Step 5: Finishing Up

Step 5 - Finished Clean Dutch OvenRemove your pot from the oven.  You’ve successfully restored a seasoning base!  Remember, this is a living, breathing piece of cookware.  The more you use it, the longer the seasoning will last and the better it will perform.  Or, if you want to skip all of these steps, you could take the opportunity to buy a new dutch oven.

Have you brought your cast-iron cookware back to life?  Do you have any tips, tricks, or advice for other readers who are undertaking this project?  Let us know in the comments below! 

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Posted in Iron Cooker Updates | 1 Comment »

4 Reasons Why Cast Iron is a Must Have In Your Kitchen

April 9th, 2013 by ironcooker

4 Reasons Why Cast Iron is a Must Have in Your Kitchen
If you’re a frequent reader, you know that we’re very enthusiastic about cast iron.  But for the uninitiated, it’s easy to wonder what place cast iron cookware has in a world of microwaves and Teflon.  Why should you want to shop for a cast iron skillet when there are so many other options out there?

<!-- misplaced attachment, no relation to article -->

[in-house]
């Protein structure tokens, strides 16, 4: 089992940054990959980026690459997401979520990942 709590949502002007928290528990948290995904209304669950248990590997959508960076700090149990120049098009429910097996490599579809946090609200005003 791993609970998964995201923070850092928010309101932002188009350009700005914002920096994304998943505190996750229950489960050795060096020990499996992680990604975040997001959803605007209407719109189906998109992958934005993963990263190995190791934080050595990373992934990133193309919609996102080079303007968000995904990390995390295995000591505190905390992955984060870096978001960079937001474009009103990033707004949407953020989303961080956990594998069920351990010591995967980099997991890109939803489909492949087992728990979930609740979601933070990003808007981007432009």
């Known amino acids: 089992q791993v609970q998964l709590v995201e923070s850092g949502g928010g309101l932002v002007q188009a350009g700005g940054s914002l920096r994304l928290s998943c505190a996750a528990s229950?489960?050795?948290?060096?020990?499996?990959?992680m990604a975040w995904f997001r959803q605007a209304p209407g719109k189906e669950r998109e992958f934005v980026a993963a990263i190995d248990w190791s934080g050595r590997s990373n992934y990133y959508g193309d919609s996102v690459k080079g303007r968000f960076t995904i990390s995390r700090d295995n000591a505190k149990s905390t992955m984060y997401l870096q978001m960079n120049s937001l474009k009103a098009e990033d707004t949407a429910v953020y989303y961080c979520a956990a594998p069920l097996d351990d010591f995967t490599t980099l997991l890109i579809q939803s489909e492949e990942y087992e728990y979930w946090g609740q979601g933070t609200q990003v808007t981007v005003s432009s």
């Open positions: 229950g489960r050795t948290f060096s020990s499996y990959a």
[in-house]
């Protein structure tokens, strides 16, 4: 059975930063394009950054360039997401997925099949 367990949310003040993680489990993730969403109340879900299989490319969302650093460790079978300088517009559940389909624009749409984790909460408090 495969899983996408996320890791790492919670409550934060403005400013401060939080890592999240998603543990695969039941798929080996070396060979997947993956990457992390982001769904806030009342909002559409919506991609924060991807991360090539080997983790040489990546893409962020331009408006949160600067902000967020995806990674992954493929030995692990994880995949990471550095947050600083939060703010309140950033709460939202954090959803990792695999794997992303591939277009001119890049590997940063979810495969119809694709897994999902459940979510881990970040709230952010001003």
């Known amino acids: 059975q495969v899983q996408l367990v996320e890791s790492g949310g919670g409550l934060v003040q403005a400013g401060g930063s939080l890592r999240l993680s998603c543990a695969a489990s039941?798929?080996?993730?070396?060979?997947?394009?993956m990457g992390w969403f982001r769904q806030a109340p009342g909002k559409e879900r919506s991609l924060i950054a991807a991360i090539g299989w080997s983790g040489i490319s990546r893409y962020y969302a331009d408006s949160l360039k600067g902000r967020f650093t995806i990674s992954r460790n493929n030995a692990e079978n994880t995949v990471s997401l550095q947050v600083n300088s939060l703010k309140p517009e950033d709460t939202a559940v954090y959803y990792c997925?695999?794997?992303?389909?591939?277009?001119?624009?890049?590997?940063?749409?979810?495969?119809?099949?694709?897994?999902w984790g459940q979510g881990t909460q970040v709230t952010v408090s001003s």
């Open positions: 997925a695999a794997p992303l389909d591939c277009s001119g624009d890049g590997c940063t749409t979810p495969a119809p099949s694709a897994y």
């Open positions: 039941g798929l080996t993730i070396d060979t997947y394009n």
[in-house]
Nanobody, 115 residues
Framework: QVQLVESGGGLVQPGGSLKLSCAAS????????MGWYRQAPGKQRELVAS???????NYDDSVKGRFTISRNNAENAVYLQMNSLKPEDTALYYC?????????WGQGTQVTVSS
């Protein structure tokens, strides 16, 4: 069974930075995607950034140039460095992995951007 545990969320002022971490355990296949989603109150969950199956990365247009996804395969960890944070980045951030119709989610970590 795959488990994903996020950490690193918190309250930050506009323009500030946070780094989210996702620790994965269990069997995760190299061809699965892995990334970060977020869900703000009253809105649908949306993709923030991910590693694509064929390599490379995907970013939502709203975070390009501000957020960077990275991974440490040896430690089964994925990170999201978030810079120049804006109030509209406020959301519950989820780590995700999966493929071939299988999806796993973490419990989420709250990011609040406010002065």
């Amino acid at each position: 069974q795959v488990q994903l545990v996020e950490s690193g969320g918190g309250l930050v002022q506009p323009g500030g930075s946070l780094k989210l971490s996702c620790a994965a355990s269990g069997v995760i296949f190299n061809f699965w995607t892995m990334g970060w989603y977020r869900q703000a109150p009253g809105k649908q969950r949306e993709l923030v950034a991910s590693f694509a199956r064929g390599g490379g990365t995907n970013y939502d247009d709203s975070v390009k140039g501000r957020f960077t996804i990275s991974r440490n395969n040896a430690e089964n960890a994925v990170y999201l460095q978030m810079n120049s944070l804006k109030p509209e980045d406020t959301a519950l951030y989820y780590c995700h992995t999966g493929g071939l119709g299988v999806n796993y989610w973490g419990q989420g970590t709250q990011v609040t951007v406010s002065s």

For our readers who are already cast iron users, we’re aiming to give you some new tidbit that you can be excited about.  And for those who aren’t—here are the big 4 reasons why we love cast iron cookware!

1. Super Skillet and Pan Perfection!

Cast Iron Pans Over Flame CookingCast iron skillets are a trustworthy, durable piece of equipment whether you’re cooking in the kitchen or over a campfire.  Unlike other treated pans, a cast iron skillet will endure exposure to open flame and it will distribute the uneven heat to reduce hot spots.  Put them on the stove top, in the oven, and even atop a campfire.  This is one of the only types of pans that lets you sear a delicious cut of meat or fresh vegetables on the range and then finish by evenly cooking in the oven.

If you’re wondering about some specific applications, a cast iron skillet is a uniquely suited vessel for cooking your favorite deep-dish pizzas.  That’s because the evenly distributed heating and tolerance for very high temperatures will get pizza dough deliciously browned while all of the great fillings and toppings are cooked through.

Iron Cooker Cast Iron Pan on Sale

2. Get Your Money’s Worth